I find his difficulties on giving something away for free to be very amusing. Hipp would rather not have to deal with all these silly licenses, but is forced to.

I mean, it's FREE. What part of FREE do people not understand?  :D
Logged
http://freedomfred.com
Freedom is NOT optional!

Alex Libman

  • Guest
Re: Software Philosophy
« Reply #59 on: July 29, 2010, 12:43:18 am »

I listened to the podcast on Fossil and I am intrigued. I currently use Subversion, but Fossil would better suit my needs, I think. I am NOT looking forward to the effort to convert from svn to Fossil, though I may go ahead and bite that bullet eventually.

I find his difficulties on giving something away for free to be very amusing. Hipp would rather not have to deal with all these silly licenses, but is forced to.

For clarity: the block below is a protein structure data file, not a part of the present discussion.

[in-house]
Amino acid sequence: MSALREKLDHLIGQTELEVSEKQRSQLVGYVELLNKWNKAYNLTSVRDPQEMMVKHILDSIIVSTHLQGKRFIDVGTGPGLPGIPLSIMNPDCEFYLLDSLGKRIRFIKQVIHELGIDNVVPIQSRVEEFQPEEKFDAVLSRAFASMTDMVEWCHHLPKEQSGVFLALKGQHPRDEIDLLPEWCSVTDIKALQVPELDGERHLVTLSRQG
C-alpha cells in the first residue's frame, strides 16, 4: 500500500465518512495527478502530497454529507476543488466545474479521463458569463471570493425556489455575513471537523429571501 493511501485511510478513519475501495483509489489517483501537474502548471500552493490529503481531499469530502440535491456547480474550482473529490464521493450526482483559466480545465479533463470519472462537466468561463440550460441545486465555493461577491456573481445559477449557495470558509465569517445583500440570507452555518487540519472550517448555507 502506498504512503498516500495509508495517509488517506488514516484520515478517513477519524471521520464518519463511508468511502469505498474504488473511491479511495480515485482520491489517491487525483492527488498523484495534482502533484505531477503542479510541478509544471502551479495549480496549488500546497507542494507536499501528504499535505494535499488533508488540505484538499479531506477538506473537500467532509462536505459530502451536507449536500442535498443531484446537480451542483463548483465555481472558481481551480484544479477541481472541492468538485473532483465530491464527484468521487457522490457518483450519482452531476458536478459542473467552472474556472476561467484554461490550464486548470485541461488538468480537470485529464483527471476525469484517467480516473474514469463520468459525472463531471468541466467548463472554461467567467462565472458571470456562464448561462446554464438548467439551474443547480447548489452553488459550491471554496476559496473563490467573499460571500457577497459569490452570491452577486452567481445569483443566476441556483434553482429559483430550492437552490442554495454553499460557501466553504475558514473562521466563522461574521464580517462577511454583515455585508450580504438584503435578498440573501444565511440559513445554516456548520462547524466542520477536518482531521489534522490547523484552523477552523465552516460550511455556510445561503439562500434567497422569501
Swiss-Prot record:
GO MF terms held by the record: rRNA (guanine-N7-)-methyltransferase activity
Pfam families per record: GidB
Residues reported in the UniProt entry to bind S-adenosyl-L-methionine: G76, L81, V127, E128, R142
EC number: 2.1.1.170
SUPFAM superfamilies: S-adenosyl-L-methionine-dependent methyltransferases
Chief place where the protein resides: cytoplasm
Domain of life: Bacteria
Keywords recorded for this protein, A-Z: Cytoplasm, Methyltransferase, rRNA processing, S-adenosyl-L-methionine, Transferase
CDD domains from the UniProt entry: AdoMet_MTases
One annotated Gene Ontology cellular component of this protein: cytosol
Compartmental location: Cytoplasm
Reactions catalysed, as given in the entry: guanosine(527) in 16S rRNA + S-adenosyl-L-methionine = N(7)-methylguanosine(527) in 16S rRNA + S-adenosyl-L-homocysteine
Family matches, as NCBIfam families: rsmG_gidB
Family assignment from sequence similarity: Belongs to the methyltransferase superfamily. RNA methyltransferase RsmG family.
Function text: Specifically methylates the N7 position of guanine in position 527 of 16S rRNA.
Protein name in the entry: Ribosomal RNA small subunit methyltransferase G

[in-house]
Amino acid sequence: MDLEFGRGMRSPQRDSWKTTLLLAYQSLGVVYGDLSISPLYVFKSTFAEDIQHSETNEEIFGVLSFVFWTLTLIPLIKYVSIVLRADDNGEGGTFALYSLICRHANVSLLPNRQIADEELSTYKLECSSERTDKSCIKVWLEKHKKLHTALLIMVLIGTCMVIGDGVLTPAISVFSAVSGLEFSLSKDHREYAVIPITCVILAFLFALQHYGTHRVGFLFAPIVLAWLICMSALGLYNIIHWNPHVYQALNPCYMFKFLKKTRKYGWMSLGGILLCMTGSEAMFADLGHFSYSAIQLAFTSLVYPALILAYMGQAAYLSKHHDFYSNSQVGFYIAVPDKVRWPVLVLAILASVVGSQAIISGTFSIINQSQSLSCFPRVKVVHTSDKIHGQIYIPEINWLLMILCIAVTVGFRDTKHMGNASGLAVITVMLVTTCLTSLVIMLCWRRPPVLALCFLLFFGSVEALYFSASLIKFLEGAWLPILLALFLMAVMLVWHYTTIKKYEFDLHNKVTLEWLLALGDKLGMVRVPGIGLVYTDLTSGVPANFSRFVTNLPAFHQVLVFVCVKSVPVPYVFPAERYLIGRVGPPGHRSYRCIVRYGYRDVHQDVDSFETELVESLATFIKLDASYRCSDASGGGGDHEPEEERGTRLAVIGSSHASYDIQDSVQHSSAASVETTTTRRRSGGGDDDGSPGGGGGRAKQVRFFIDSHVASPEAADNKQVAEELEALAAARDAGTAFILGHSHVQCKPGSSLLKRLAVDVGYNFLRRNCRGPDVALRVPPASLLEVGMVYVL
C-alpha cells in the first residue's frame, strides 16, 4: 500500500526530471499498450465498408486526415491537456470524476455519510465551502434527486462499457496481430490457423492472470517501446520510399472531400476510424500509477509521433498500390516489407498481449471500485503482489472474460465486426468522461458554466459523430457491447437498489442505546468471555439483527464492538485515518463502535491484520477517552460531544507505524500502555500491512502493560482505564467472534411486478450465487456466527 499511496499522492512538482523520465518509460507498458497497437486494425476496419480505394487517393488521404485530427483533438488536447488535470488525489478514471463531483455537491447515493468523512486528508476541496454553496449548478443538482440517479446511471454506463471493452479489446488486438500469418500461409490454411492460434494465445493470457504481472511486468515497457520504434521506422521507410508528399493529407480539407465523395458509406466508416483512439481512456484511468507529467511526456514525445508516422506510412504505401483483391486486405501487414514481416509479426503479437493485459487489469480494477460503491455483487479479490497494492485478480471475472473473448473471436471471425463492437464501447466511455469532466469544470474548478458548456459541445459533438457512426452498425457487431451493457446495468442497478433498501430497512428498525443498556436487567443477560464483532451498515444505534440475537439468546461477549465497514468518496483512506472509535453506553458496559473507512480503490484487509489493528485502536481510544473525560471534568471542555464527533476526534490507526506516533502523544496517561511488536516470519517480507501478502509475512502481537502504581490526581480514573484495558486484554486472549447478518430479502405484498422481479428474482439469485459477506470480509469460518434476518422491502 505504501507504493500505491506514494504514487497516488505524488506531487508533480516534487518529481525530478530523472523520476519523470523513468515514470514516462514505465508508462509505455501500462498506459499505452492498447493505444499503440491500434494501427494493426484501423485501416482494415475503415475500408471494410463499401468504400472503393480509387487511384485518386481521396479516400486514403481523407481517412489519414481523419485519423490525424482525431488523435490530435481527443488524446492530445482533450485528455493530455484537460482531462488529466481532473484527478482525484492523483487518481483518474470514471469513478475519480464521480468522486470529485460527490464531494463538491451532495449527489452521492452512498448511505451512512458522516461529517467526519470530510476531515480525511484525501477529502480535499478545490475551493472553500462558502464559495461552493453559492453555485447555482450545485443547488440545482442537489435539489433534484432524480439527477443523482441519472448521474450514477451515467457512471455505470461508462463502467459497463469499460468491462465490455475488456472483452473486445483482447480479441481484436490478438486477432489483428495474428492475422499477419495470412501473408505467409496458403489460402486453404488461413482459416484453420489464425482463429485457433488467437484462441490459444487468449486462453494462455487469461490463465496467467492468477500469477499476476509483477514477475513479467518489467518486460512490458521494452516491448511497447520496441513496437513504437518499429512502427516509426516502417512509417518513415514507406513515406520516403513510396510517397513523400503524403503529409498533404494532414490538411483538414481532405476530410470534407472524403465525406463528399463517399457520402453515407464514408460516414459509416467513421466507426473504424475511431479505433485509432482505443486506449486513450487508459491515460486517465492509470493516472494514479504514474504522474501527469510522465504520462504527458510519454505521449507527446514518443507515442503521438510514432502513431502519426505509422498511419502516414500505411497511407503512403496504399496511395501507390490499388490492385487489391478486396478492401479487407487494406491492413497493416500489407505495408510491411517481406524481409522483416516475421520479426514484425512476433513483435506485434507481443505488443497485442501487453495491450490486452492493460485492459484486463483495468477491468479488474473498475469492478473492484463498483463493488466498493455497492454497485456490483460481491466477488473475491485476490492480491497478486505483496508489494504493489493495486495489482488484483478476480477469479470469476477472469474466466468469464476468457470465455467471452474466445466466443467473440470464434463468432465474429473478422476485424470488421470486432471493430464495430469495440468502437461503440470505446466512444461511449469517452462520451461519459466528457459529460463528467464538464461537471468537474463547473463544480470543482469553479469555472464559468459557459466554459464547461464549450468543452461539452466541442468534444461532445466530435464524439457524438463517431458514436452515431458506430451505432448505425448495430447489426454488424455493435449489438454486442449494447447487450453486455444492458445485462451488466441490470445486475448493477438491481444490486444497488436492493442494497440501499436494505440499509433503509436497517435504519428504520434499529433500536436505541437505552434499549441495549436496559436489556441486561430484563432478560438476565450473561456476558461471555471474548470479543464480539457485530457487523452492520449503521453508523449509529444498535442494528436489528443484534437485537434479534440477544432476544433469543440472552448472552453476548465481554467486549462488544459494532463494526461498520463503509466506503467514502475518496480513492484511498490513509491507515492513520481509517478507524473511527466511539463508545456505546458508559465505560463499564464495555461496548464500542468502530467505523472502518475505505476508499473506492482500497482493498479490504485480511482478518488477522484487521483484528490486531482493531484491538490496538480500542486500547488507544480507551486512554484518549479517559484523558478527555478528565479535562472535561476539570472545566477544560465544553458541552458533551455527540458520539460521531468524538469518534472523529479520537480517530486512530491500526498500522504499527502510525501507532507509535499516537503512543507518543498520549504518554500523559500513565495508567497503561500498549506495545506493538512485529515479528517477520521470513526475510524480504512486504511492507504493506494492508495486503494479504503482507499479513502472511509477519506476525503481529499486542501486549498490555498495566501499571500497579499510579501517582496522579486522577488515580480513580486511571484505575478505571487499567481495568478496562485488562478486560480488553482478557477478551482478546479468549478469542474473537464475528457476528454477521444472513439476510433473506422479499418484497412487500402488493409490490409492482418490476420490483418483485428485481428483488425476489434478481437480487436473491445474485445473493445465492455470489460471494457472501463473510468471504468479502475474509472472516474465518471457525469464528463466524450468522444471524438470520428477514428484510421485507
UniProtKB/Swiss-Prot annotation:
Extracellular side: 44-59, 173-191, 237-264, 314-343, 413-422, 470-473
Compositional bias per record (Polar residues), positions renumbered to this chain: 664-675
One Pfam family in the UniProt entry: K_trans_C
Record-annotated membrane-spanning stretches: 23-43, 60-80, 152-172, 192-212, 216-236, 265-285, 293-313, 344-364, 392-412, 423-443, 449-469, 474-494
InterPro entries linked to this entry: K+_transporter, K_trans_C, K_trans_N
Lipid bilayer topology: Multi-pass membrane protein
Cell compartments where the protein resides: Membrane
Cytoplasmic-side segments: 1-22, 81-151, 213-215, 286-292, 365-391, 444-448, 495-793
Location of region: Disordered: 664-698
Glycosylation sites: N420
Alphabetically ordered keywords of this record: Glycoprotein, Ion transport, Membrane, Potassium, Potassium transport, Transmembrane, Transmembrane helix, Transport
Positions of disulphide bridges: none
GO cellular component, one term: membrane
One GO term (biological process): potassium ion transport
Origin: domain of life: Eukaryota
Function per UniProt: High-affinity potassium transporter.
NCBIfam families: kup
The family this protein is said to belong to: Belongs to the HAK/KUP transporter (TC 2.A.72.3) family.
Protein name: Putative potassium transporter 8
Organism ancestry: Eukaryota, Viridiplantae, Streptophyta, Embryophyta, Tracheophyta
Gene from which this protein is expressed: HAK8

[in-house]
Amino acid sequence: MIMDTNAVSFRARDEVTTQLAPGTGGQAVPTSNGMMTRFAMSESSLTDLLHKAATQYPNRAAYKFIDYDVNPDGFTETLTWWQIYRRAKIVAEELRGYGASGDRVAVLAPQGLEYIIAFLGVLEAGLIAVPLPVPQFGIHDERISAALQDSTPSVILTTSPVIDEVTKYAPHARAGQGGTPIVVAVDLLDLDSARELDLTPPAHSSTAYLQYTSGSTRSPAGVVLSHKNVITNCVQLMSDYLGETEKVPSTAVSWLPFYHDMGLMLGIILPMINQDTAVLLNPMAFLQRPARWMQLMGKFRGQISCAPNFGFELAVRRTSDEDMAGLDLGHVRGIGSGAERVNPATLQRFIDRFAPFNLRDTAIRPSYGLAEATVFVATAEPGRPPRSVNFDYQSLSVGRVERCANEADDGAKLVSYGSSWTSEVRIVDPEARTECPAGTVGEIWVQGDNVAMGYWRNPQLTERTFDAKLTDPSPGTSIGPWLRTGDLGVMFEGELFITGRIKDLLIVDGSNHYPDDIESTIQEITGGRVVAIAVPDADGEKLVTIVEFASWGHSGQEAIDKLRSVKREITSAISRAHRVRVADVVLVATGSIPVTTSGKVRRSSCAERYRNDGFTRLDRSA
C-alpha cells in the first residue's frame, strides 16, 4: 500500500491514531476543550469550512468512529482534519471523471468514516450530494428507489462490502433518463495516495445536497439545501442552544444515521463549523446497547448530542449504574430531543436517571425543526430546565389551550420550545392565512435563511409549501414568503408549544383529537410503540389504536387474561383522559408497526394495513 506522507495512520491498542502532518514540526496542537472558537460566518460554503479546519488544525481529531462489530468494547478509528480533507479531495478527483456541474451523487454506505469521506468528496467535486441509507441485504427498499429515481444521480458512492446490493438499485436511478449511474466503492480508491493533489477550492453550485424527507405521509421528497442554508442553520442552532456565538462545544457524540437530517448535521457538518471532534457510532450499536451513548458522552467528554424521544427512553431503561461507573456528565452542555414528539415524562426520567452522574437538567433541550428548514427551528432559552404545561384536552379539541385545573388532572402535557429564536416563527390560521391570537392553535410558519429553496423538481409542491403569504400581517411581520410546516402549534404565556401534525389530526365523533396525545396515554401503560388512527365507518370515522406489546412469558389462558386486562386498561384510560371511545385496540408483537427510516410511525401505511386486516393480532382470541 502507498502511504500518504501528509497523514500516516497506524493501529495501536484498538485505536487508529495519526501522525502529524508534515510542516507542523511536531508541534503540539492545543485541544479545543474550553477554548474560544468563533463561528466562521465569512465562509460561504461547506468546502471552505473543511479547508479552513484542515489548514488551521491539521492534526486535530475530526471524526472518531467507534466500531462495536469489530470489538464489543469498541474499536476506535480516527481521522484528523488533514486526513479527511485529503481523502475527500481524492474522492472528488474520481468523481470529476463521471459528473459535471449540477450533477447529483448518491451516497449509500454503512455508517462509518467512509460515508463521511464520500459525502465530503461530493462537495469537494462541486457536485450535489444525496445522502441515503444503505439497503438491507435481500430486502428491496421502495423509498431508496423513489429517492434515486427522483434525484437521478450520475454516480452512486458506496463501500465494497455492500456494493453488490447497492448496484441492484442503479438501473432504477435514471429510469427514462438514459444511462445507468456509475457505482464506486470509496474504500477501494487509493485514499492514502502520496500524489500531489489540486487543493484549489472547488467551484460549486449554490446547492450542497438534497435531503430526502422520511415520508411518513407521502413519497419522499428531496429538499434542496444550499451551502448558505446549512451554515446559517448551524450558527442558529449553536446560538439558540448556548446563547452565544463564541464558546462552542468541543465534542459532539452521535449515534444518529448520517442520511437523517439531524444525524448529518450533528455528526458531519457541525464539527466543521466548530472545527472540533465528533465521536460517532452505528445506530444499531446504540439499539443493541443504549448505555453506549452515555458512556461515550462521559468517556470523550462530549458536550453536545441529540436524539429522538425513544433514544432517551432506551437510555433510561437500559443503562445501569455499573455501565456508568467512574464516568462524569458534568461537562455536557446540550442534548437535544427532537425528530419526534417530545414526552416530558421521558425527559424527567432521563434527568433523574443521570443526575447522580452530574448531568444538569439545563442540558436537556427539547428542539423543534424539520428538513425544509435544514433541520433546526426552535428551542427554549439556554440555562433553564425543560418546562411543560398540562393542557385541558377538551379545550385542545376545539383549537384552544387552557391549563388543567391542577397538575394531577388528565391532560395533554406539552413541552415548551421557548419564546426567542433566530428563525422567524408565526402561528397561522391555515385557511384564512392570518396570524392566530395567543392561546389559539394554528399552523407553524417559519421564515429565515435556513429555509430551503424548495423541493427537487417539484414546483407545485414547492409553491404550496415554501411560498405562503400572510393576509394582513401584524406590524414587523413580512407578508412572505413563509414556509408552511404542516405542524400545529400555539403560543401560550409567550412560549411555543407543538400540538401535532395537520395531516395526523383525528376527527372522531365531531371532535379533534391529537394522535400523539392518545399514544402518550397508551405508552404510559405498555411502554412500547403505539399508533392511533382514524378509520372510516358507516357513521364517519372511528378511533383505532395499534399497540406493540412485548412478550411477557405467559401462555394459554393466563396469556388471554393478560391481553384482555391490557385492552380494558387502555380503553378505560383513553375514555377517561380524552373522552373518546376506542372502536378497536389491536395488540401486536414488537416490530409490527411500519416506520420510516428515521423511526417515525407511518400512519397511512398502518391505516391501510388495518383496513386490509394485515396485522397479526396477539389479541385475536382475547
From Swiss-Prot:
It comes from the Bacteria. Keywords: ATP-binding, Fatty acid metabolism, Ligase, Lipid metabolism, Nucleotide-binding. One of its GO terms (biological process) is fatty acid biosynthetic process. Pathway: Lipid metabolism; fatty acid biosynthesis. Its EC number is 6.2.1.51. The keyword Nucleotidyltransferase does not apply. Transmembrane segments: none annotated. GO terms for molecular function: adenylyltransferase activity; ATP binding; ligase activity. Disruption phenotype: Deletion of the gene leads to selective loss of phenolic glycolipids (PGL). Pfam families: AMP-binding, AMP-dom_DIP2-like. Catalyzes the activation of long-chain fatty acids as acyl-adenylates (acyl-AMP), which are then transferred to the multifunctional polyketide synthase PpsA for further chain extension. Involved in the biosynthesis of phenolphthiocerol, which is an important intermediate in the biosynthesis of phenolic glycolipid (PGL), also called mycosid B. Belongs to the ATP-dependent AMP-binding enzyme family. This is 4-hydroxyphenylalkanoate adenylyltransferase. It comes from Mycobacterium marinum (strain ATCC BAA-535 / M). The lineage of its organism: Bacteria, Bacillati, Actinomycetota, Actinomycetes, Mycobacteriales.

I mean, it's FREE. What part of FREE do people not understand?  :D

Yeah.  Giving software away is not the problem in of itself, the problem is that people and especially businesses are so indoctrinated into government force they're like a dog that can't go to the bathroom without being on a leash.  Some foreign courts still have a problem with uncopyrighted software, but the bigger problem is institutional / psychological - people feel guilty doing something unless an "authority figure" gives them "permission".  It's probably the same psychological dependency that gives GPL software a bigger share of the spotlight.

What really boggles my mind is that the SQLite Web-site, after repeatedly explaining that it's "public domain", links to a place where people can "purchase an explicit license" for $1000! 
« Last Edit: July 29, 2010, 12:50:27 am by Alex Libman »
Logged
Pages: 1 2 3 [4] 5 6   Go Up